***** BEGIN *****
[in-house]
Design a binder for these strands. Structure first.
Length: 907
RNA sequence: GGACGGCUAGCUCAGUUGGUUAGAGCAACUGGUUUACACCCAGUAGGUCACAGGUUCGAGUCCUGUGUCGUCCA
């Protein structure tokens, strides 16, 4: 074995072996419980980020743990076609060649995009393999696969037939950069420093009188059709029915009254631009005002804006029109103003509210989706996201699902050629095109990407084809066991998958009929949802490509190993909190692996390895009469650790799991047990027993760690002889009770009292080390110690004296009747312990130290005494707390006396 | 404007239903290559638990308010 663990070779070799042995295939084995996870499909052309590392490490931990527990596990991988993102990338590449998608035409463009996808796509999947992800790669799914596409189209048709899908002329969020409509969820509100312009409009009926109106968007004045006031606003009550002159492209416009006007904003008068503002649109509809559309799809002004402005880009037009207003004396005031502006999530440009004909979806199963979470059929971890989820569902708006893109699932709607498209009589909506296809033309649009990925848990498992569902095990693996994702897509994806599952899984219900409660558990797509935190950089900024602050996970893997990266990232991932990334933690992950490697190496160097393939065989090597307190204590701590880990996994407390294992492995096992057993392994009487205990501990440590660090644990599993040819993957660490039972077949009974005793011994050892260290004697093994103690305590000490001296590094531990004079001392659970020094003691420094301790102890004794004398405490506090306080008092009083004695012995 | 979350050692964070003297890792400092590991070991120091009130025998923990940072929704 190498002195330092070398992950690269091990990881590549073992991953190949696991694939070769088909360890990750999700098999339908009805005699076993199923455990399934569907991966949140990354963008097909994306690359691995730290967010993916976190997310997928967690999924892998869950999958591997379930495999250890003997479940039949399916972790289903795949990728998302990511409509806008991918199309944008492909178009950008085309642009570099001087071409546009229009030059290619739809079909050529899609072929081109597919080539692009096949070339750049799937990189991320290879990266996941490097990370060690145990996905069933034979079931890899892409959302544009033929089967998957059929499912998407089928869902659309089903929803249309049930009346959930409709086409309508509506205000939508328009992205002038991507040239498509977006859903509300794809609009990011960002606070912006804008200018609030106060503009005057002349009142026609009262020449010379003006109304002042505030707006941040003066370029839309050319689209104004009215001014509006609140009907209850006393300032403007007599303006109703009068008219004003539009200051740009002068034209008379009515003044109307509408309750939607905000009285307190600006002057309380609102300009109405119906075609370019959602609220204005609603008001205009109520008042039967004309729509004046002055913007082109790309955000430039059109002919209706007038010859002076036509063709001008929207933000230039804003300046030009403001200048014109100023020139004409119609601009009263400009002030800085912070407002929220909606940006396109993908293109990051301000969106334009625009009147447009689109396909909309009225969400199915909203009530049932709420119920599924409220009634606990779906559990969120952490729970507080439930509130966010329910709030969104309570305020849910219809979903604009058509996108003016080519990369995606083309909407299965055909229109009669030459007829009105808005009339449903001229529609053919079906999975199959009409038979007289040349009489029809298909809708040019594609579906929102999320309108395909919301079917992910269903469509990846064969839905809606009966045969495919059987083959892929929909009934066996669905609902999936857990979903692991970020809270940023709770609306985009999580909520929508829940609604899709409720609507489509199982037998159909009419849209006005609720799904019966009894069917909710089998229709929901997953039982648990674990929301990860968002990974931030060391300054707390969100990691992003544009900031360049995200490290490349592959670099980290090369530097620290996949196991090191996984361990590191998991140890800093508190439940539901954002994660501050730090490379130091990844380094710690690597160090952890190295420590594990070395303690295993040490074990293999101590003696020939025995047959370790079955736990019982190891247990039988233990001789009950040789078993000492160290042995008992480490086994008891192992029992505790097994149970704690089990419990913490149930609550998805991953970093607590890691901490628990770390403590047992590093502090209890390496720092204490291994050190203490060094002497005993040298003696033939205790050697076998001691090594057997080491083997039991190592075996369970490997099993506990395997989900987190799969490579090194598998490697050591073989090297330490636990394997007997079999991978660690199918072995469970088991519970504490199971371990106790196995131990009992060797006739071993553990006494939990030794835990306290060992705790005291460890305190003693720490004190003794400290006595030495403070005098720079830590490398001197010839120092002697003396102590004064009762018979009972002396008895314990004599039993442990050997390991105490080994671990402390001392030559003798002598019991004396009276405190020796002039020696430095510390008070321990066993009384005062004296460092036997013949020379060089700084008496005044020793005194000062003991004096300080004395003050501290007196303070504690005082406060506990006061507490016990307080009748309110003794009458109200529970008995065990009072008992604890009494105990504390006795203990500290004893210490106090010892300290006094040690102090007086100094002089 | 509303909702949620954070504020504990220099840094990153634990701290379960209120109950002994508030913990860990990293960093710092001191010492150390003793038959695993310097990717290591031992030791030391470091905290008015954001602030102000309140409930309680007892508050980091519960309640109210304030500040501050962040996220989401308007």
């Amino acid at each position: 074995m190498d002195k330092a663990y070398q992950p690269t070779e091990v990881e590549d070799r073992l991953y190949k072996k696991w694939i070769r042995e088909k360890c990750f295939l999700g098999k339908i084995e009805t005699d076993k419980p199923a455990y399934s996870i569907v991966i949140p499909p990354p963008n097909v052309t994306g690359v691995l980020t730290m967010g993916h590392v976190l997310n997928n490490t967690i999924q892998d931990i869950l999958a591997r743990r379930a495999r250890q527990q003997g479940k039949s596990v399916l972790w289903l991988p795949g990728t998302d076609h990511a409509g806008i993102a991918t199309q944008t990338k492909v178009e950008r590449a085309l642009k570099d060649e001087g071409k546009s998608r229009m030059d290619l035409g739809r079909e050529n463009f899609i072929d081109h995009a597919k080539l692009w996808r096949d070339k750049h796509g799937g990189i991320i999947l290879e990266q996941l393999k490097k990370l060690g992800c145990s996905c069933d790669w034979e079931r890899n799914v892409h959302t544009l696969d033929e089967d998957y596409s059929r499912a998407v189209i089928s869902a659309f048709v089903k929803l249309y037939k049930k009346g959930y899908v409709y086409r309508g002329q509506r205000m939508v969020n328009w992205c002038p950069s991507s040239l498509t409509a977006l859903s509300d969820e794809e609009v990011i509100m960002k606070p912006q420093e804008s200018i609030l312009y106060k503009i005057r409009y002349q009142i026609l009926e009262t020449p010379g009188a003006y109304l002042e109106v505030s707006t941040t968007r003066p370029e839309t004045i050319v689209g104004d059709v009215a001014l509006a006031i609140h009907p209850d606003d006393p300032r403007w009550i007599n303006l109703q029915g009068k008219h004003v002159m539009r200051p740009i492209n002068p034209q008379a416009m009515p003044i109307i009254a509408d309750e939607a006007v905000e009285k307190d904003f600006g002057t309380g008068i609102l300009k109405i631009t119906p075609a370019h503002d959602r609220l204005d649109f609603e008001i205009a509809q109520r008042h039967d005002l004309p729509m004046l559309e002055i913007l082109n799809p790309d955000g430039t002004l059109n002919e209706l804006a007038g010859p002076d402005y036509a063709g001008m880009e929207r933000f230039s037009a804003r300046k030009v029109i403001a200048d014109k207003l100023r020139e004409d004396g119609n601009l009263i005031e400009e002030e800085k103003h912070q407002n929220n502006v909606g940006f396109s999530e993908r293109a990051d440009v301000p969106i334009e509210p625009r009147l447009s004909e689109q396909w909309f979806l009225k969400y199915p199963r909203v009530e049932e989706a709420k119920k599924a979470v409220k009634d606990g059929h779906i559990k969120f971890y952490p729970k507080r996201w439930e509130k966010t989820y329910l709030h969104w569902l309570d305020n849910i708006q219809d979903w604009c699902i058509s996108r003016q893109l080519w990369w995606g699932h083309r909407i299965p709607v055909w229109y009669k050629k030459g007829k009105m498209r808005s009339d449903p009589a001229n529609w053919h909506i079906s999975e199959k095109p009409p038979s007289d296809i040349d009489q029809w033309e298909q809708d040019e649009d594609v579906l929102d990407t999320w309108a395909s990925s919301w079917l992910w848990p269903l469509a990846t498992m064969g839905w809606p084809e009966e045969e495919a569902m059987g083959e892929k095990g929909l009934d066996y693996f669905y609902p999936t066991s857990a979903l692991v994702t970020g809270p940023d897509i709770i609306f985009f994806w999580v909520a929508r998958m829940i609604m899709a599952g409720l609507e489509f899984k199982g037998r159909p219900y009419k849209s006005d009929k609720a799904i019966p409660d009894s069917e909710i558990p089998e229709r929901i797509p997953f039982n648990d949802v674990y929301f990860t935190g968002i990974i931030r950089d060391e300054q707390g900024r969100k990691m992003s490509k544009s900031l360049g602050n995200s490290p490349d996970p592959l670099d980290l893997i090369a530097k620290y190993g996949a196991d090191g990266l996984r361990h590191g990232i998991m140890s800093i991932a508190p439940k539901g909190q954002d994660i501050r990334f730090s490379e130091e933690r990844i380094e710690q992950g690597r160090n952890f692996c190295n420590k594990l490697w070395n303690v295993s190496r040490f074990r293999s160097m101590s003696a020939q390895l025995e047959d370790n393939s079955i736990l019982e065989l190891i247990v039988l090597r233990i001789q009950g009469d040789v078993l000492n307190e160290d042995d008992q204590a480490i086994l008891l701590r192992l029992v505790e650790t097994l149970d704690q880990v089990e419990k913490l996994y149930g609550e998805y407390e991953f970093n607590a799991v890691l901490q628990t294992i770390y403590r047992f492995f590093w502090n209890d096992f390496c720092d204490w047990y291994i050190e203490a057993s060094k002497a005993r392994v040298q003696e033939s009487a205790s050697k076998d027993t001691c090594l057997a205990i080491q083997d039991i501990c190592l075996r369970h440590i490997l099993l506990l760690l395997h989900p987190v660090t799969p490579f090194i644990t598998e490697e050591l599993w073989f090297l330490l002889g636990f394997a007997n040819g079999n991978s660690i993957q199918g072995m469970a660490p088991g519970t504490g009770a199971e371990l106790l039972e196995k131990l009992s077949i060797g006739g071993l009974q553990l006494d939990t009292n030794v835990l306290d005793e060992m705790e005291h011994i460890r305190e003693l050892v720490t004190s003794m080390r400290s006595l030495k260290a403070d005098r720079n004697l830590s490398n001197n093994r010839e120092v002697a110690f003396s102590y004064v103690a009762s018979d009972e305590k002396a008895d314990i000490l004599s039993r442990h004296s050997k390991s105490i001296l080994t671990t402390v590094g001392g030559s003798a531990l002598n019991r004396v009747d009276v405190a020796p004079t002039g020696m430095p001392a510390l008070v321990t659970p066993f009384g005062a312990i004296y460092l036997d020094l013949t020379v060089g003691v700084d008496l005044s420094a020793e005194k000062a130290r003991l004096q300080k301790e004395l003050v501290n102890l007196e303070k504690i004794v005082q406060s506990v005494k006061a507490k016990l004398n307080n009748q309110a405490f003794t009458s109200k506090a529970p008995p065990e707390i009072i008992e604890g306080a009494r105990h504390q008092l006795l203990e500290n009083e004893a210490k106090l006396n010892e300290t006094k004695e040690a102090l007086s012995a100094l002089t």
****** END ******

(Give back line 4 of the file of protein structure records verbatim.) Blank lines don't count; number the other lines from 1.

RNA sequence: GGACGGCUAGCUCAGUUGGUUAGAGCAACUGGUUUACACCCAGUAGGUCACAGGUUCGAGUCCUGUGUCGUCCA